Roden believes the levy proposal was a sound solution. As a former superintendent, he thought the school earned income tax option provided "a fair and consistent revenue stream."

"The tax represented a significant change, and many were confused by it. Plus, there was a well-funded and professionally executed "NO" campaign and combined with a negative editorial from "The Repository" it worked against the pro-levy committee’s momentum," he added.

Roden said the needs aren’t going to disappear and the administration will need to meet with parents and community leaders for feedback and input for other workable proposals to resolve both the financial and the facility issues facing the district.

"This is an extraordinary district with numerous strengths on which to build and has consistently overcome challenges," Roden said.

Jessica Stroia, age 27, of Portage Street Northwest, is an administrative assistant for 415 Group accounting group. Has served on the North Canton Charter Review Commission and is a member of the Zoning and Building Board of Appeals. She is a graduate of Hoover High School and attended Malone University for organizational management.

She is married to her husband, Matthew, and they have a six-year-old son, Aiden, who attends Clearmount Elementary. She said both her and husband grew up in North Canton and attended the district.

"There is always room for improvement and I want to work to improve the district’s transparency and communications so that anyone from the community can feel comfortable approaching board members on any topic related to the district," Stroia said.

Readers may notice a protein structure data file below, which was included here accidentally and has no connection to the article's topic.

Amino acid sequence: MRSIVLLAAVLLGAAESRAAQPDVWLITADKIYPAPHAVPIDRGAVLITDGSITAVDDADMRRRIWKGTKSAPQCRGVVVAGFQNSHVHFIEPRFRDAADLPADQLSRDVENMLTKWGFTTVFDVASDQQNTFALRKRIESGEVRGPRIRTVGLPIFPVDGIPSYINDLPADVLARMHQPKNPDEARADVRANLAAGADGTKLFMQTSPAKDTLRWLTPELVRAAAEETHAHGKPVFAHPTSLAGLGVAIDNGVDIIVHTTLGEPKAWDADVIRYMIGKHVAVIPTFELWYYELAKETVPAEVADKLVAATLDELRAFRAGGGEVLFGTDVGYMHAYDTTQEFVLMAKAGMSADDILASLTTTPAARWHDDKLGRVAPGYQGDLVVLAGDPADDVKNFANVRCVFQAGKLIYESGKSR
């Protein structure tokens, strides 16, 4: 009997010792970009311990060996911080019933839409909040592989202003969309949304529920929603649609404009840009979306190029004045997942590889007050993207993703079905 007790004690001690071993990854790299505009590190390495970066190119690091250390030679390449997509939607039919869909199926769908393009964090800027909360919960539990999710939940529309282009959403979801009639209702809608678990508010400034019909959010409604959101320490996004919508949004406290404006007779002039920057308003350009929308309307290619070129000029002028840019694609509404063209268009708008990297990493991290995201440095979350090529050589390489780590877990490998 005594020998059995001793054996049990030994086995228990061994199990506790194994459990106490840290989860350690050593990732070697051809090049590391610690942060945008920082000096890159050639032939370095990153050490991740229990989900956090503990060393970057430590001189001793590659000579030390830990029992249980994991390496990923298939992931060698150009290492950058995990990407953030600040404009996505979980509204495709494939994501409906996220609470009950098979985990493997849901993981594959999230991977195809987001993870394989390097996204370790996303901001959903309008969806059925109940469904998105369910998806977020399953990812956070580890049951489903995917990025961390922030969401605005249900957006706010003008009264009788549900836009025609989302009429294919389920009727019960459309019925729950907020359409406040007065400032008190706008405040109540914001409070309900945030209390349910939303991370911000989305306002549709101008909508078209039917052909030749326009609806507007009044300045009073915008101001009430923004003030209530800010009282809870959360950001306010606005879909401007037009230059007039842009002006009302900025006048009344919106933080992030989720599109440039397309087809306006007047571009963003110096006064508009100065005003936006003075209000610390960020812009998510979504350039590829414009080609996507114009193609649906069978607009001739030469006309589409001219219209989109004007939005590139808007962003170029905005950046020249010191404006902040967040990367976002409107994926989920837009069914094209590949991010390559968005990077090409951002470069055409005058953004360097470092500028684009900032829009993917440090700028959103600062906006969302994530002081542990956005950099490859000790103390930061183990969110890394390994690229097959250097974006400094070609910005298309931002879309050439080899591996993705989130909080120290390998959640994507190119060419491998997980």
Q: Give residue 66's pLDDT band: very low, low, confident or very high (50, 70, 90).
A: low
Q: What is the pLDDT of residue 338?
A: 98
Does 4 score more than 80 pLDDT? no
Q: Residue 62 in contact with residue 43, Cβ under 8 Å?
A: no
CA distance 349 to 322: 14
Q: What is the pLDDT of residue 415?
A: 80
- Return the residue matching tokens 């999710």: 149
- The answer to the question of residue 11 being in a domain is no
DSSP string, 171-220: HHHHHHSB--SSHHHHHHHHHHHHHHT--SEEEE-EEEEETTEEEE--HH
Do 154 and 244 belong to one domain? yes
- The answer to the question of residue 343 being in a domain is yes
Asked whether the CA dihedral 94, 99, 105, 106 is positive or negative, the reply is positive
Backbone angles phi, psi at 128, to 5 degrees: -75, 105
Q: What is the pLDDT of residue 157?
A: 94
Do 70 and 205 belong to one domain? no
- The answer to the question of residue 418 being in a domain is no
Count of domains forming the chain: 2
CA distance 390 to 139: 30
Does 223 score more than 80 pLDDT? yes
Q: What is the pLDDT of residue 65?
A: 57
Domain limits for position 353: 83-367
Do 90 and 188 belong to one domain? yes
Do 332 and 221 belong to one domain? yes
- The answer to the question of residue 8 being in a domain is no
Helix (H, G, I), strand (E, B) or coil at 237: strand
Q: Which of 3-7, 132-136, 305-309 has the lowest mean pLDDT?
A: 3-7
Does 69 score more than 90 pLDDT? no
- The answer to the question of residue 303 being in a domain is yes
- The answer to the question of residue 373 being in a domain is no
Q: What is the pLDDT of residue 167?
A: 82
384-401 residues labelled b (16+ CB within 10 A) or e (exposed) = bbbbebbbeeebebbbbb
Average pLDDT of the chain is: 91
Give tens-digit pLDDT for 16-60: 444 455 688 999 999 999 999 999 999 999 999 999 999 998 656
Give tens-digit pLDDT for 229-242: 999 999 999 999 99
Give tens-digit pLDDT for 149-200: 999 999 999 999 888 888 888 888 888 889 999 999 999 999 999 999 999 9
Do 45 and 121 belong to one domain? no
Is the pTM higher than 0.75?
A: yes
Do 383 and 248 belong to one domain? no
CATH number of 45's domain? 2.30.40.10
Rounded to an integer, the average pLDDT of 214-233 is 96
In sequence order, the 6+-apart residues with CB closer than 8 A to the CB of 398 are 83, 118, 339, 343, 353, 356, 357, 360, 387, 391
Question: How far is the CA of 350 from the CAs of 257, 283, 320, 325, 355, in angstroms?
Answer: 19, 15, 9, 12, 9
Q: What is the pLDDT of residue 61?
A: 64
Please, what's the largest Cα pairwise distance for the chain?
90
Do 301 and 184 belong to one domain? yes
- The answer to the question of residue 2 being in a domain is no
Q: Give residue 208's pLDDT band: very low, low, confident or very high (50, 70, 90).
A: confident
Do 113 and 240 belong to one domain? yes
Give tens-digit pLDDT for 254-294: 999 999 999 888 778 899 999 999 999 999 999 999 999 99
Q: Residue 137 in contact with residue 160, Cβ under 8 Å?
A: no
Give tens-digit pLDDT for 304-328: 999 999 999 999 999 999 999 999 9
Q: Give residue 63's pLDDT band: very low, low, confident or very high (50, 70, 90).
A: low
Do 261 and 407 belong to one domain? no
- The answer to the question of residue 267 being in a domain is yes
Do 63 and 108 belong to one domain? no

"In terms of the levy, I have no doubt that we can put together a levy the community will support. One step is to hold more town hall meetings to further explore what the community wants to support in terms of a school levy," she added.

Andrea Ziarko, age 41, of Wedgefield Court, has been an attorney at Baker, Dublikar, Beck, Wiley & Matthews since 2001. She graduated from Hoover High School, has a bachelor’s degree from Indiana University, J.D. from The Ohio State University and went to the Moritz College of Law. Ziarko has more than 16 years of legal service to the community and has been a board member of several local boards and committees.

She is married to her husband, Mike, who also graduated Hoover High School. They have three children, Brock (14), Drew (11) and Jack (9).

"I’m excited to be have been elected, I ran to get involved and support the students in the district," Ziarko said. "As a mother with three kids attending the district I wanted to be more involved and as an attorney, I thought I could be helpful. I’m disappointed the levy failed. I’m hopeful and optimistic we can get the community together to determine what they would support."

North Canton city officials

Unofficial vote counts show other results in North Canton include the re-election of Mayor David J. Held. Council at-large elected include incumbents Mark Cerreta and Marcia Kieslilng and the election of Daryl L. Revoldt.

Douglas V. Foltz was elected for Ward 1, Daniel Jeff Peters, Ward 2, Stephanie Werren, Ward 3 and Dominic Fonte Ward 4. All of the charter issues passed.

Both Issues 16 and 17 North Canton local option Ward 3, Precinct A: Sale of beer, wine, and mixed beverages and spirituous liquor for Pav’s Creamery and Sunday sales passed.